All eyes are on Egypt right now, but the question that's being hotly debated at The Hooded Utilitarian is how the localization of Mickey Mouse comics for Egyptian readers expresses the imperialism of the Walt Disney corporation. This being The Hooded Utilitarian, the answer is long, a bit rambling, and filled with interesting images.
The comics examined by writer Nadim Damluji were created between 1959 and 2003, so this is not about the current revolution but rather about how cultures permeate one another. The Mickey Mouse comics in the article have locally created covers that touch on a number of aspects in Egyptian culture, and that art alone makes the article worth reading. The covers and other local content just form the wrapper for translated comics by Western creators, however, and there's the rub. Damluji points to a Carl Barks comic in which Uncle Scrooge discovers a pyramid and, convinced it will be full of gold, hires generic local Arabs to excavate it. The story does raise issues of ownership and primacy (Why does Uncle Scrooge think he can keep the gold? Why couldn't the Arabs find the pyramid?), and it seems rather clueless of the Disney folks to print it in an Egyptian comic—had they run out of more generic storylines? On the other hand, the most interesting thing to me was those Egyptian covers. While Damluji seems to be presenting the comics as a wolf in sheep's clothing—here's something familiar, kids, but what's inside is going to make you feel bad!—I see it the other way, as Mickey adapting to local mores by adding content the local audience finds attractive, much as manga publishers put new covers on Japanese content and serve it up more or less unchanged. My guess is that this is more about keeping costs down than the heavy hand of imperialism. And surely Egyptian kids, especially in this day and age, are savvy enough to know that Mickey is an import, even if he does celebrate Mawlad.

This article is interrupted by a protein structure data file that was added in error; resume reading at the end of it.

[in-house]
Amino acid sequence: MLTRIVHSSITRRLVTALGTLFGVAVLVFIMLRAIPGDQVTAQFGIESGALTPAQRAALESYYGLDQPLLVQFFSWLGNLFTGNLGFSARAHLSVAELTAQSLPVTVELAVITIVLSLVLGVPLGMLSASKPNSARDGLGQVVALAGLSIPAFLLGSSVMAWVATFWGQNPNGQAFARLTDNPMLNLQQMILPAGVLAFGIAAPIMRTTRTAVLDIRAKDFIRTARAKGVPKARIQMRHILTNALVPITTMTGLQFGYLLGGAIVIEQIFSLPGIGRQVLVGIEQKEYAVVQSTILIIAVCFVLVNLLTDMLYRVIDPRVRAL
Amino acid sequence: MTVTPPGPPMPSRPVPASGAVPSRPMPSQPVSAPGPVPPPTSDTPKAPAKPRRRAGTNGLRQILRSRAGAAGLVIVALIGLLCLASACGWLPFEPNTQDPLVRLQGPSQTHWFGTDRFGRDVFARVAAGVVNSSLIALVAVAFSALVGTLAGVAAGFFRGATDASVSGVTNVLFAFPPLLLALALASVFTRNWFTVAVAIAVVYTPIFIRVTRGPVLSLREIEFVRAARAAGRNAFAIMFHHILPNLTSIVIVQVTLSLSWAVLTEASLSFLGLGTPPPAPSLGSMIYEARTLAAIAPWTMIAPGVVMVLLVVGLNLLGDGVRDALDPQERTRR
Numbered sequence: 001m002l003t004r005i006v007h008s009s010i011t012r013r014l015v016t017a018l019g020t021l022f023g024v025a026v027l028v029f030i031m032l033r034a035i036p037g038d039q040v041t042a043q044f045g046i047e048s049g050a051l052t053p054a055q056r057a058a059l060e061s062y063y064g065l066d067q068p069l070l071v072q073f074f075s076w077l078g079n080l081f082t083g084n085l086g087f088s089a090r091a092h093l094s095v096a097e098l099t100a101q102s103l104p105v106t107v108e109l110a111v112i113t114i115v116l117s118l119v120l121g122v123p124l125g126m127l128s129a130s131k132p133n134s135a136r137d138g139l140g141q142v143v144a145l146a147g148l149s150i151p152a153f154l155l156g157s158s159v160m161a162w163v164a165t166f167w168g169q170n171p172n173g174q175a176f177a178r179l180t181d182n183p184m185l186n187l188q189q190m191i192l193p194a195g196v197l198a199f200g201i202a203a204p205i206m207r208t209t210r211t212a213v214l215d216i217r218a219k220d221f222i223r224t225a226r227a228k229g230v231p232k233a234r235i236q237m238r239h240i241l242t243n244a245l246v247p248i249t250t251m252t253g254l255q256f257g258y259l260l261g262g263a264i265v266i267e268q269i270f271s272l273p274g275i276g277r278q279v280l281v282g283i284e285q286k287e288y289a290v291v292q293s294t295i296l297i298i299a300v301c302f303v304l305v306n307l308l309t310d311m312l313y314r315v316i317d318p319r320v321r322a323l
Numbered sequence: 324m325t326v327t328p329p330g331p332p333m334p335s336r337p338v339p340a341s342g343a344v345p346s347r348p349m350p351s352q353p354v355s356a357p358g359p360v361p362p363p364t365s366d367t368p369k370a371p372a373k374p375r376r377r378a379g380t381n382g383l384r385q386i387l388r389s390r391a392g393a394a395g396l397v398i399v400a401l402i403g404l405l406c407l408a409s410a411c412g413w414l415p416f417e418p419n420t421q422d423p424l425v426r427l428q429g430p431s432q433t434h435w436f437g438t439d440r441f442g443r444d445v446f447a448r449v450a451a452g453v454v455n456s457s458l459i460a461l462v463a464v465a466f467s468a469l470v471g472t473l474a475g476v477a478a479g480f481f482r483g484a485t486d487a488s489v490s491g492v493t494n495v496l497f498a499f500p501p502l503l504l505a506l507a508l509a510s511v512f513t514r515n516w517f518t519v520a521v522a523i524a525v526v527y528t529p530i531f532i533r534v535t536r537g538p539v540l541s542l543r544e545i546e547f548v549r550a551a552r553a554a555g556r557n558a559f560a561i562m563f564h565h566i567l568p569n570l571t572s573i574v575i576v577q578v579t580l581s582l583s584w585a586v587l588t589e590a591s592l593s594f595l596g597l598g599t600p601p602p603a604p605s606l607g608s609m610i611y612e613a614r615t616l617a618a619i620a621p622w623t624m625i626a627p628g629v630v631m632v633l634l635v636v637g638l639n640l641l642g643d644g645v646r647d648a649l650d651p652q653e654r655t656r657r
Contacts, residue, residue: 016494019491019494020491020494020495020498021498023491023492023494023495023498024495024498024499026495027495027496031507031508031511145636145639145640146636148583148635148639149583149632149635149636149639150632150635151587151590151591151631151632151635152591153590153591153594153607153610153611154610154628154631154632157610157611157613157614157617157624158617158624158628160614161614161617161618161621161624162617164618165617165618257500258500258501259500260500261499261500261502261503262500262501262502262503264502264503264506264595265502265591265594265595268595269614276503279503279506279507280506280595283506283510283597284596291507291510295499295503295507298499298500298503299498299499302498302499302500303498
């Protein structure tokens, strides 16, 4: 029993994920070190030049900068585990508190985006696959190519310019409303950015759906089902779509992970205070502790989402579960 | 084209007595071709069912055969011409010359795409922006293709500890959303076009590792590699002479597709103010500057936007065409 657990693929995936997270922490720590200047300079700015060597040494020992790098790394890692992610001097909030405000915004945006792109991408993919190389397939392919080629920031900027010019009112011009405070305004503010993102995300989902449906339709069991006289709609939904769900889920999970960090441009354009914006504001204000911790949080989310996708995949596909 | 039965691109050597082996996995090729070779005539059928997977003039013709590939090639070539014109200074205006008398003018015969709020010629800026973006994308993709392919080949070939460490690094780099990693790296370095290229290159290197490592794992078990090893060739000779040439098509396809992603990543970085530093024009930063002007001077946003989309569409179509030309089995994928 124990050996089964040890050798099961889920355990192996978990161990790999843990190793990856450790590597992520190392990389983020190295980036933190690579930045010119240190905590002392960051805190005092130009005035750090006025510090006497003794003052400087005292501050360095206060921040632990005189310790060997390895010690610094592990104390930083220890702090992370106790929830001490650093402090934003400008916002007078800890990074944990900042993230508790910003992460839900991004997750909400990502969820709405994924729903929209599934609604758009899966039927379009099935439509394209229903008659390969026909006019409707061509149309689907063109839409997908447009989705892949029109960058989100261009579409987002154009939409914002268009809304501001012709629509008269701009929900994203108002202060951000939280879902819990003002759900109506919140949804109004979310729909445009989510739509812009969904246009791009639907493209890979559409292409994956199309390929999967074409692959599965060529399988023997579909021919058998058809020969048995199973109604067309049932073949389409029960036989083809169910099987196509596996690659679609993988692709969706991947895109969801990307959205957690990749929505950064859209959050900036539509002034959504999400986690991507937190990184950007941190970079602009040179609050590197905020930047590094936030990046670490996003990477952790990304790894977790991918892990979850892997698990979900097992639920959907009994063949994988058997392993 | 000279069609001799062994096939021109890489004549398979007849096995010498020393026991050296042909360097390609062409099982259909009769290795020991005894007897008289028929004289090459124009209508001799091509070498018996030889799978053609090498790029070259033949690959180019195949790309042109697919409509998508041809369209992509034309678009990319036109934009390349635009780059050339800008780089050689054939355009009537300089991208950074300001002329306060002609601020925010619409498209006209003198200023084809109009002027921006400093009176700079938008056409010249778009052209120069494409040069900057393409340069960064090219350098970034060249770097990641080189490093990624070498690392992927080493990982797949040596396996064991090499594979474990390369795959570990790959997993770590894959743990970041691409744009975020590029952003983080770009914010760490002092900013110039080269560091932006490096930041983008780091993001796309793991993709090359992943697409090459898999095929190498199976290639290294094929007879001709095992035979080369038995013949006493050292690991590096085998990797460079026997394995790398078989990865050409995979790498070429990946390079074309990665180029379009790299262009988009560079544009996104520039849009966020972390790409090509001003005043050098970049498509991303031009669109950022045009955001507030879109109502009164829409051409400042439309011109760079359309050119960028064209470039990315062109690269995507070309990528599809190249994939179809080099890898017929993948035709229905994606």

The other thing that seems to go uncommented upon is that these are comics. Uncle Scrooge finds the pyramid by sitting on its pointy top. It's a gag! Huey, Duey, and Louie acting more mature than Donald? That's funny! A dog biting a man isn't funny, but a man biting a dog is. Finally, it's also true that the stories are old and represent cultural values that are passe and have been for a long time. A 50-year-old Disney story may say something about attitudes in the 1950s, but it's more an artifact than a measure of current opinion.
Seriousness aside, it's a fascinating post just because of the cultural information. And for more, check out Damluji's blog, in which he follows in the footsteps of another cultural icon from an imperialist country, Tintin.